With the UK set to adopt the GDPR ahead of plans to exit EU and the single market, questions remain over whether it would seek to amend or maintain compatible standards moving forward
Information Commissioner Elizabeth Denham has said the UK will need to take a longer-term approach to data protection regulations and decide whether to continue to keep its law in line with EU standards once the country has formally terminated its membership of the bloc.
The European Parliament last year approved the General Data Protection Regulation (GDPR) that will apply across all EU member states from mid-2018 as a means to try and grant citizens improved control over how their information is being shared.
Intended to impact public sector bodies and business, the UK government has confirmed that it will be adopting the revised regulations for enforcement and control of data, before then considering how it may move forward with potential amendments outside of the bloc.
Speaking in London to the Institute of Chartered Accountants in England and Wales yesterday (January 17), Denham noted that while the UK would have to comply with GDPR by the time it exits the EU, uncertainty remains over how it would tackle key issues like privacy and protection outside the bloc.
"The big question is what happens when the UK leaves the EU. The legal relationship answers are for government to give - I'm a regulator, independent of government - but they've made it clear that EU law will remain UK law, until the government sees fit to repeal it," she said.
"Of course it's possible that in the years after the UK leaves the EU, parliament will debate amending the requirements of the GDPR."
Denham said that the ICO would continue to be part of any discussions over changes to UK data regulation, with a particular focus on playing up the need for protection and rights for consumers and clear laws for organisations.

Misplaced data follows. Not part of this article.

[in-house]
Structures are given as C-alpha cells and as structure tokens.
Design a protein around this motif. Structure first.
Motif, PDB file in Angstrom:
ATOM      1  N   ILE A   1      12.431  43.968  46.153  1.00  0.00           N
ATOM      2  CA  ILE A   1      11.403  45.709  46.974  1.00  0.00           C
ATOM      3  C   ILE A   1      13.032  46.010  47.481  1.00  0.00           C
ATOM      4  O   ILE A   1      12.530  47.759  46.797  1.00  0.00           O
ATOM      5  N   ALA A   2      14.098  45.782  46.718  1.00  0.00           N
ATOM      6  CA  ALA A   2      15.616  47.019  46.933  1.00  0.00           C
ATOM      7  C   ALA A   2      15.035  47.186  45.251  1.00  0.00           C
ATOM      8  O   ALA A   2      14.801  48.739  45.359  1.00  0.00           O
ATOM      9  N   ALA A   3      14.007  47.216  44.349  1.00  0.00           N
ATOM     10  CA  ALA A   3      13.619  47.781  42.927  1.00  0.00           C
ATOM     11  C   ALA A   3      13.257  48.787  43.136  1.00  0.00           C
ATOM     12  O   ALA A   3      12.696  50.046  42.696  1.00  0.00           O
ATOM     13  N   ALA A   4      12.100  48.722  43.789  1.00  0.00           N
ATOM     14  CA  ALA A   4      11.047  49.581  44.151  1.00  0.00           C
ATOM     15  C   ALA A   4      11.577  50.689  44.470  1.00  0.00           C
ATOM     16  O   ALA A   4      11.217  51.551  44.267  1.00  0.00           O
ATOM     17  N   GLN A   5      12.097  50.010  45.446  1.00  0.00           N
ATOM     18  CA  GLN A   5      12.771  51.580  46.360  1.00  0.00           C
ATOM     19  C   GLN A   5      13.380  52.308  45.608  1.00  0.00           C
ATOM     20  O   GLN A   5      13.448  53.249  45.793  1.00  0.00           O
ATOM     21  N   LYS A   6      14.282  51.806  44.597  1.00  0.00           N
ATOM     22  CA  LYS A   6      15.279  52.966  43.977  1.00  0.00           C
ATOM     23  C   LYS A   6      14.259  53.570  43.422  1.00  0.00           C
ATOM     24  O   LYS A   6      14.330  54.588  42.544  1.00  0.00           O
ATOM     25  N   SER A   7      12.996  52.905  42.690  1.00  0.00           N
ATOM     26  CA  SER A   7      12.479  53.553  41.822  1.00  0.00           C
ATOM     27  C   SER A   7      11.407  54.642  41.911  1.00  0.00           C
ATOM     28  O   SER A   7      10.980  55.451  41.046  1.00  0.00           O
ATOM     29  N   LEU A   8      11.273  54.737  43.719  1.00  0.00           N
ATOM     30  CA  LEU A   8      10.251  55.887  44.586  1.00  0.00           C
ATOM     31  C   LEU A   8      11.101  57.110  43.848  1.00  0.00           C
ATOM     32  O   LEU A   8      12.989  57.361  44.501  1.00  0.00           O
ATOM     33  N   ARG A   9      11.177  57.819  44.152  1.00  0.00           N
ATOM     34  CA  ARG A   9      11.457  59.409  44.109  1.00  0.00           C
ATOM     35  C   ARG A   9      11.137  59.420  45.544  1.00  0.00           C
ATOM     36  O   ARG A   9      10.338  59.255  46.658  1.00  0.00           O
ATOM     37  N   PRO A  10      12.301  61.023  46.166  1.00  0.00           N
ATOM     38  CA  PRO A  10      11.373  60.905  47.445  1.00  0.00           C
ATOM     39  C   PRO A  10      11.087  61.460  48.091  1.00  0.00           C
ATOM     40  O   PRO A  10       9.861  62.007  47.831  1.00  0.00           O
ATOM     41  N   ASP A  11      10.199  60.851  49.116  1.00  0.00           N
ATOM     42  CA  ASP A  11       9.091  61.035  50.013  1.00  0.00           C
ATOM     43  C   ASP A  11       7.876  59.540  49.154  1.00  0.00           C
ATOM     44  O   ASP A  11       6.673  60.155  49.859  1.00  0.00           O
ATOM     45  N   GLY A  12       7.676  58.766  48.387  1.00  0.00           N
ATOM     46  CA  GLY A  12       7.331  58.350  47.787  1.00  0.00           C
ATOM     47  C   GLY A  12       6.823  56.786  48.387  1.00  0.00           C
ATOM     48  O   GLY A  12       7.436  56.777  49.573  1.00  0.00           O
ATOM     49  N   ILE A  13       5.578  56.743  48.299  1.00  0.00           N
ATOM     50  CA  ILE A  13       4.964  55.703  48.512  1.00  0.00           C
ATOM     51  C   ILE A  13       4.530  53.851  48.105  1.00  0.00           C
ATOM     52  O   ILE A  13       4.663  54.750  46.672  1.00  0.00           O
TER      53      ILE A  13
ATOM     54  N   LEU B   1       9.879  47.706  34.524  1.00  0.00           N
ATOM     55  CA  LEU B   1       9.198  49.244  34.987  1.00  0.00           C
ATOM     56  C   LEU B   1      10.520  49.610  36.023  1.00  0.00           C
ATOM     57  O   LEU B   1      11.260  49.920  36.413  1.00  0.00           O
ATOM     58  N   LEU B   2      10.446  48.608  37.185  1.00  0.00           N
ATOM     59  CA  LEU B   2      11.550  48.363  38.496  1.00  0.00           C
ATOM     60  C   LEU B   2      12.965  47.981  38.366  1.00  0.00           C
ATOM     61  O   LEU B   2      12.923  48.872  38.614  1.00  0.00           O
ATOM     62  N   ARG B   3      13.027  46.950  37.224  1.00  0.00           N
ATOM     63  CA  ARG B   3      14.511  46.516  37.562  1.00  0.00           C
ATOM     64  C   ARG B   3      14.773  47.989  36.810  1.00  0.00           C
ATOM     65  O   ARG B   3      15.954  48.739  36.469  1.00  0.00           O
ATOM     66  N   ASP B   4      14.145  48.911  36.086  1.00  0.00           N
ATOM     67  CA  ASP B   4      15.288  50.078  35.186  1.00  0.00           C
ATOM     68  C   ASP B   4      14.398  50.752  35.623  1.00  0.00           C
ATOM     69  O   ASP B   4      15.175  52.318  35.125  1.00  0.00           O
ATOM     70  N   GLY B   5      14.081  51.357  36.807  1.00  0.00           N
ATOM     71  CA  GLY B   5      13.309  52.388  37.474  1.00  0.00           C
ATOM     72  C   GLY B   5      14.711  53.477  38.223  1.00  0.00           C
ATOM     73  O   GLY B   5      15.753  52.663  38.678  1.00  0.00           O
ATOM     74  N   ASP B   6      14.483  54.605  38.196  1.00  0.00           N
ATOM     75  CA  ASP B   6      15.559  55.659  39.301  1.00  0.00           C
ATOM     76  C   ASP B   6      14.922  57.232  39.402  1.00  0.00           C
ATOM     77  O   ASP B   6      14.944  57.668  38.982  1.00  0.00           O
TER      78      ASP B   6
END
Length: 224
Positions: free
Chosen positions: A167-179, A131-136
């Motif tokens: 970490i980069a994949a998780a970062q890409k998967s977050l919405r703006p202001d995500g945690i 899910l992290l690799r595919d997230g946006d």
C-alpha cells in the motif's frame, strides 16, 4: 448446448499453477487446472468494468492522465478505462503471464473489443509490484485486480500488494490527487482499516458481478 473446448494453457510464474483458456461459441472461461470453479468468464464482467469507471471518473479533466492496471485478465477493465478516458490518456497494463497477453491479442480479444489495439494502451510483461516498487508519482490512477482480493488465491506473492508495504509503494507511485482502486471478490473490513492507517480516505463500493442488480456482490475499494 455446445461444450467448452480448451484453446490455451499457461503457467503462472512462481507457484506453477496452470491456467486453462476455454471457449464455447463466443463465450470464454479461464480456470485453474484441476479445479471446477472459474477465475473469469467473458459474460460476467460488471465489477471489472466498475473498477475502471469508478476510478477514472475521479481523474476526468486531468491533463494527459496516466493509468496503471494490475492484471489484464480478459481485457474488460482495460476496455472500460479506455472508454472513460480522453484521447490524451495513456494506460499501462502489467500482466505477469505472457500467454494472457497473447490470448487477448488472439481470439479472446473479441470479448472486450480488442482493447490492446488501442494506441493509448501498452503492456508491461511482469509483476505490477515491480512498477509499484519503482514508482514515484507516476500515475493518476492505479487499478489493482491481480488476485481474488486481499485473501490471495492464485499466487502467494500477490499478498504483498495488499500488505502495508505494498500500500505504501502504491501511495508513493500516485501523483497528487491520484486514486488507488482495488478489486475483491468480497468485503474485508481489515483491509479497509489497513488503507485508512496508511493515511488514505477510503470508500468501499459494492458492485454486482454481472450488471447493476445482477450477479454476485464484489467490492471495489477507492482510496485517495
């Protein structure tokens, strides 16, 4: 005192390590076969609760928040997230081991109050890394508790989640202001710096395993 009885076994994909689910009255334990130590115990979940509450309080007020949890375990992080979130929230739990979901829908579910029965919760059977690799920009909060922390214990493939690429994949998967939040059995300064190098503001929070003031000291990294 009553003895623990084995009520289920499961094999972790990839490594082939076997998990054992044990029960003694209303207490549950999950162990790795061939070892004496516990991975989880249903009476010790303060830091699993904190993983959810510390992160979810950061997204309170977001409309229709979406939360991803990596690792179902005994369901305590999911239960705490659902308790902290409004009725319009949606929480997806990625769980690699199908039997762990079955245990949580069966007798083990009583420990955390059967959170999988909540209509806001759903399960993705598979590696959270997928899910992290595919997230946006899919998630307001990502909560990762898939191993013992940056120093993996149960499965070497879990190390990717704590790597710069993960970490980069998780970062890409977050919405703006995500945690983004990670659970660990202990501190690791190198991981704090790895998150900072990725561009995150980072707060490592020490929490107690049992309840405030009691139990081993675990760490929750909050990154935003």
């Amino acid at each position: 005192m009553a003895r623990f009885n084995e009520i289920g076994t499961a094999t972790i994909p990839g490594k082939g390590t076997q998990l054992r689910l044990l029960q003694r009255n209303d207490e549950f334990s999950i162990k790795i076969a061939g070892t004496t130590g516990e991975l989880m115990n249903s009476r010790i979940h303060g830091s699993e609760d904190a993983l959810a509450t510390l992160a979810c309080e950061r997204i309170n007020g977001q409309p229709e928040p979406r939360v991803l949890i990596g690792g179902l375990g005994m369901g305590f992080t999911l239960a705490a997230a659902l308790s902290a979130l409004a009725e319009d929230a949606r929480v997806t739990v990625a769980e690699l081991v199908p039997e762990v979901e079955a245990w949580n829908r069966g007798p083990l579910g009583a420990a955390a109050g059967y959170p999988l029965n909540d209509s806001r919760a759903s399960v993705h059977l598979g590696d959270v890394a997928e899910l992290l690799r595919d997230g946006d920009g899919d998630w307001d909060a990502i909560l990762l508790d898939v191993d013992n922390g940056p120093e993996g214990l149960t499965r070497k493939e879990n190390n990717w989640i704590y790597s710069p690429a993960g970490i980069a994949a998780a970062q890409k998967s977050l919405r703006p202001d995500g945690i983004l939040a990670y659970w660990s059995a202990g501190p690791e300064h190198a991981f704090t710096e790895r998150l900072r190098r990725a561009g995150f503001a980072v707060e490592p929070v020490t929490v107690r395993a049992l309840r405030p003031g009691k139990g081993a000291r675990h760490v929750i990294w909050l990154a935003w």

Even with the GDPR just over a year away from being implemented, Denham said that legal challenges were also expected around international data transfer agreements like the EU-US Privacy Shield.
The Privacy Shield has been devised to set out clear safeguards and transparency obligations for US-based organisations processing data from EU citizens that will impact technology functions across the public and private sector. It replaces the 'Safe Harbour' transfer arrangement that was invalidated by the European Court of Justice (ECJ) last year, although critics argue the new agreement could face a similar fate without clearer safeguards and revisions.
"While some people believe that the substance of the agreement may be challenged by data protection authorities or through the courts, the advice for businesses is that Privacy Shield is a legitimate basis for transferring personal data to the US," said Denham. "The ICO welcomed the additional safeguards it provided compared to the previous safe harbour arrangement. "
Denham's speech was delivered the same week as the Information Commissioner's Office (ICO) announced it was updating guidance for organisations handling data via GDPR and how to plan for the incoming regulation.
Jo Pedder, interim head of policy delivery for the ICO, said it would be providing details of its expected contributions over the next year to the Article 29 Working Party that brings together European data protection authorities.
"The central pillar to our guidance is the overview of the GDPR. We are developing the overview as a living document, adding content on different points as more guidance is produced by us and the Article 29 Working Party," added Pedder.